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Monday, 24 December 2012

Watching Union City (1980)

More views of - or before - Cambridge Film Festival 2012
(Click here to go directly to the Festival web-site)


Christmas Day

* Contains spoilers *

When you are watching Union City (1979) because it is an earlier occasion of Deborah Harry acting than you know, and the DVD sleeve credits some unheard-of organ with calling it 'an unqualifed masterpiece', one's expectations may not be great. (One mistake was to think that there was a clear connection with Blondie's 'Union City Blue'*.)

Undeservedly so, because, with its modest resources (sufficient, though, to the task), this is a very strong film about what makes someone snap, fear and try to flee, and about the relationships that tie. The mood of the film is created by the work of two men in particular, the intensity of Dennis Lipscomb as Harlan, and by Harry's husband Chris Stein's atmospheric score, which has one's nerve-endings a-tingle, especially in the long sequence at the centre of what happens.

The film credits the estate of Cornell Woolrich, a writer of stories, but it surely transcends the original material, with the variety, yet claustrophobia, of the decor, the touches, not just in the nightmarish moments, of the bizarre, and of the dreamy insubstantiality of the world, which does not so much run away from Harlan as slip through his fingers, often with caricatures of bystanders or watchers : they feel as if they are infused by German expressionism, and, even if they may be types, they are all individual.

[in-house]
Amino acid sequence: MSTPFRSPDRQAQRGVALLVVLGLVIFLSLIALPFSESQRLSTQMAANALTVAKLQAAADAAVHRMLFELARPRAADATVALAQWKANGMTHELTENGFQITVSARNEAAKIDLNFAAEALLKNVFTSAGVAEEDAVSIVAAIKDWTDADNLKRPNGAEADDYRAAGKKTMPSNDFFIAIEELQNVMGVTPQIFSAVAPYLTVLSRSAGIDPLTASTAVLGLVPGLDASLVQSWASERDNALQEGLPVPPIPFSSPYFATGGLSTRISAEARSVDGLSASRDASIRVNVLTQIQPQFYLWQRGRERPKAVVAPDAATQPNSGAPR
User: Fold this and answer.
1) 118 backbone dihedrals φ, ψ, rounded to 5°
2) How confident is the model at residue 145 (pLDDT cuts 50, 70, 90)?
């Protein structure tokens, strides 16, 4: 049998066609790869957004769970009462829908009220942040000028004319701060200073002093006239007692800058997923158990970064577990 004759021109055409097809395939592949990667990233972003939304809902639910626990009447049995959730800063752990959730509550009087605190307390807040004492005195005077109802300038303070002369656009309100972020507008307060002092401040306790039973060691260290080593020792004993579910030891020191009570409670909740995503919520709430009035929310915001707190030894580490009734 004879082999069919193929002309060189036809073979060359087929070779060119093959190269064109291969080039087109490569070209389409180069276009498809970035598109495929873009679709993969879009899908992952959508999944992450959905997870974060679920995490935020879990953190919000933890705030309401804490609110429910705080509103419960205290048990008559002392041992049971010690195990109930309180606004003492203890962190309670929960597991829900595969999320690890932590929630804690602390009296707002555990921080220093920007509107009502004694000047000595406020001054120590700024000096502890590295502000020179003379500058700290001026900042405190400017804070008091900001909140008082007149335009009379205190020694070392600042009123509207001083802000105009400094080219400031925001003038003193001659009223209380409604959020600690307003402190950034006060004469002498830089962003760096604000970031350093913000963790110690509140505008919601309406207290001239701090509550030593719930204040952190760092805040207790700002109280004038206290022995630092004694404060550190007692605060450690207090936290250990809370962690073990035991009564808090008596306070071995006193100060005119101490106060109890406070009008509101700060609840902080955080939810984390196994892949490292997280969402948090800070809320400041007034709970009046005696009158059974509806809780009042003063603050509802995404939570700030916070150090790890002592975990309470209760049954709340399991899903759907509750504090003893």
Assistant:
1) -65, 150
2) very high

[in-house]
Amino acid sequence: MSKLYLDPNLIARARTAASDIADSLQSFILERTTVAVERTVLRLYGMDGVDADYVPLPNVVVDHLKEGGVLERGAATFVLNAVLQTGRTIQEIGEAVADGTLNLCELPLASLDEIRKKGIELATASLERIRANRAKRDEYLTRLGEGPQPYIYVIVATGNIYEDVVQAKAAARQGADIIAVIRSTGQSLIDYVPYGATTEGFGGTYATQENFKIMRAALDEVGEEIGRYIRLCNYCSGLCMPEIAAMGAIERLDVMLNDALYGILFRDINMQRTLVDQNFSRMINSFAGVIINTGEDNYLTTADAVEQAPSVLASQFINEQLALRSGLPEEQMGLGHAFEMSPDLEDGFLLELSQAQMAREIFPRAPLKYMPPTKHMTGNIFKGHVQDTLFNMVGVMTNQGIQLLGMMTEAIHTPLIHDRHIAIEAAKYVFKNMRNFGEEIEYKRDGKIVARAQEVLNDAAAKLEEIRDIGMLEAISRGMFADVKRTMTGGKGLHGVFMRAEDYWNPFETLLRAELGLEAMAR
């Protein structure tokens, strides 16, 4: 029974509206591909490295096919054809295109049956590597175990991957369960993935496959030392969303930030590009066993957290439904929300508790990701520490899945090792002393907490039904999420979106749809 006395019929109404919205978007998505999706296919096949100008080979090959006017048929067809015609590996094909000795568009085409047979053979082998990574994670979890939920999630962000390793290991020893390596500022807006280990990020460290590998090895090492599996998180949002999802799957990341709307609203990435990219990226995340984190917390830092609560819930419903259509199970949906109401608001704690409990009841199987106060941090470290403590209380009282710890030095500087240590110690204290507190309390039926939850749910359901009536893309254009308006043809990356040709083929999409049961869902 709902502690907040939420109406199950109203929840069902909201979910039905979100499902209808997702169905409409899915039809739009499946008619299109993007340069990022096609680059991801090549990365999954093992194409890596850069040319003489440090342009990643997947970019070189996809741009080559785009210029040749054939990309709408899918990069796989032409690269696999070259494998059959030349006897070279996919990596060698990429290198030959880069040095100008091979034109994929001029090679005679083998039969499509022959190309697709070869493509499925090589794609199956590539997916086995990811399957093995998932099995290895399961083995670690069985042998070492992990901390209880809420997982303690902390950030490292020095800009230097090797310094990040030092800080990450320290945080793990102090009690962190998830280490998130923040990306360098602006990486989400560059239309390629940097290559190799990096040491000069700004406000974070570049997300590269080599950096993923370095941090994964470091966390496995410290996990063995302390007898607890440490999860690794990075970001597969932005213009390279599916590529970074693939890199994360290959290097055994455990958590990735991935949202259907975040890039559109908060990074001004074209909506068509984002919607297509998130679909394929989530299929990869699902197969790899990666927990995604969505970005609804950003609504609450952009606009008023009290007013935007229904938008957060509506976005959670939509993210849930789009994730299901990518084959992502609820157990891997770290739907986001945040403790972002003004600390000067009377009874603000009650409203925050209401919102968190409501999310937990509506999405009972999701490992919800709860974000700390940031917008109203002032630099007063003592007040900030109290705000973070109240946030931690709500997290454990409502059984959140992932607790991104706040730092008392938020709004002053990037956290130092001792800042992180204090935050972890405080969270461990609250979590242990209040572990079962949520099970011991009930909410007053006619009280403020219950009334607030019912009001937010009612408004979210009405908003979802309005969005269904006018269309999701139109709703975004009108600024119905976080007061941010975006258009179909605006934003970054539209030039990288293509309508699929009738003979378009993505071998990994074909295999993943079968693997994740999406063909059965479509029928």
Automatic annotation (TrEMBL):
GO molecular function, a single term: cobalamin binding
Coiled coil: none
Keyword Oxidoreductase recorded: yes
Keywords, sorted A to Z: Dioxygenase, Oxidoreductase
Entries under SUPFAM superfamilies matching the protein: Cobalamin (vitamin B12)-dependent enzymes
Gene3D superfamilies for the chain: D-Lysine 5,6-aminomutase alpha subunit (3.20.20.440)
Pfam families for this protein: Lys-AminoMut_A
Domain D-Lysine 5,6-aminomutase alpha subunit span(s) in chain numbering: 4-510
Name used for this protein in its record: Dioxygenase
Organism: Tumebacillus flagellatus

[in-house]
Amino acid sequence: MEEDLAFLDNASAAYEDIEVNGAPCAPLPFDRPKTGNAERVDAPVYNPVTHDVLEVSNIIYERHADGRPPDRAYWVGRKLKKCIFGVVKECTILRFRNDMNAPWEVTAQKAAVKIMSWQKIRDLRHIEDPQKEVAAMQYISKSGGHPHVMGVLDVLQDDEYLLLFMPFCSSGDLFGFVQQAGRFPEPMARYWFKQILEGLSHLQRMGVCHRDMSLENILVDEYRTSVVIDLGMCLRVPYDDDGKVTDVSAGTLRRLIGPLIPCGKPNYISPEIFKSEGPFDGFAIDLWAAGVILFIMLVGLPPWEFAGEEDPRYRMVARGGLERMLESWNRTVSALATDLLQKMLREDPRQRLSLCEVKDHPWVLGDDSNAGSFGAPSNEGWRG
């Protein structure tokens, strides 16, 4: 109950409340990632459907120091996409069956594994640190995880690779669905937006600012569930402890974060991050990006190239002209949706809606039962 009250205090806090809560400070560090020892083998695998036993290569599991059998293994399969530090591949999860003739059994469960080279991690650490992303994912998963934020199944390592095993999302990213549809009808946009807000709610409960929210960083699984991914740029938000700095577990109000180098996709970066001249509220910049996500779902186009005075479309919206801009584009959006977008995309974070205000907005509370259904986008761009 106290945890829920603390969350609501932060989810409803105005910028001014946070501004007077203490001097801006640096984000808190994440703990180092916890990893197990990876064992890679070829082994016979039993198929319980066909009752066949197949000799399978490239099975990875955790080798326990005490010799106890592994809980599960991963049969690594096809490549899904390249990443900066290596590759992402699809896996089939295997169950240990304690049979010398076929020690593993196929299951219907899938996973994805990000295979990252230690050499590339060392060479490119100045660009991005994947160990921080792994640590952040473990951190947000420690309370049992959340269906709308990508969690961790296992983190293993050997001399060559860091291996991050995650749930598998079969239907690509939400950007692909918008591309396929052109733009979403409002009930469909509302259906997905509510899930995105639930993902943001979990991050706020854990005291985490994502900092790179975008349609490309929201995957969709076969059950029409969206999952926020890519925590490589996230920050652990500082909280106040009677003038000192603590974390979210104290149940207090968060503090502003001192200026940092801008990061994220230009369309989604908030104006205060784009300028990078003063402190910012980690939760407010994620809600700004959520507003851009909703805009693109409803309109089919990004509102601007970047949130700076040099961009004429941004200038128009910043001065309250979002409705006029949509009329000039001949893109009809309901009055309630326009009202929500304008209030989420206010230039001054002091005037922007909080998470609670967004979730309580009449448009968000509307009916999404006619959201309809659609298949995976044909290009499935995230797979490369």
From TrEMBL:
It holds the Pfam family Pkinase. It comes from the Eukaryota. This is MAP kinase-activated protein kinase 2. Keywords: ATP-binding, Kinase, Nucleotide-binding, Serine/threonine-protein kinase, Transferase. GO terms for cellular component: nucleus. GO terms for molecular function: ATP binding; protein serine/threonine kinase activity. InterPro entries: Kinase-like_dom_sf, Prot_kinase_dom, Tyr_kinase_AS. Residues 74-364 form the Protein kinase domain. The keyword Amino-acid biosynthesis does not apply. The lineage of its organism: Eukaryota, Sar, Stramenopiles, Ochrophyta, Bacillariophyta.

Ultimately, having scraped around trying not to acknowledge it, we are brought up against the sordidness of everything, and Lillian (Harry) has to admit, with a crash, that her dreams of another world with Larry, the amorous caretaker played by Everett McGill, are no more than that in the face of it.
To summarize this, the synopsis that IMDb has used seems highly inept, and is best ignored by those easily put off something worthwhile by a fatuous description : A man is so obsessed with finding the person responsible for stealing his milk bottles** that he ignores his beautiful young wife, who has other ideas on her mind.

The feature runs to 82 minutes, but the tragedy is not only that it was cut down to gain [the equivalent of***] a PG certificate, but that that material has been lost forever. What remains are Harry's screen-tests (where she is far more she than in the film, where her general quietness makes the times when she erupts or is defiant far more intense, although, absolutely, nothing reaches the heights of Harlan and his fantasy), and some mute takes, whereas what has gone was necessarily of a more forceful nature.

The ambiguity of Harlan and Lillian's 'marriage', which is suggested to be one of convenience, and the playful way in which Larry, her regular film partner, has coffee with her all work very well, and a strict Freudian could probably quite happily point to Harlan as neurotic and emasculated, even if the film works on many other levels, and deserves attention for its power, despite the lost possibility of restoring the original edit.


End notes

* There is a connection, in that (as writer / director Marcus Reichert's sleeve-notes make me aware) Blondie's 'Heart of Glass' went to number one halfway through shooting, and Harry wrote the other song as an account of performing the role of Lillian Harman : Reichert says that she was forbidden by contract from singing on the soundtrack, but that the song was a superb gift to the film.

** No one is stealing the bottles - it is the contents !

*** I forget how long they've been around.

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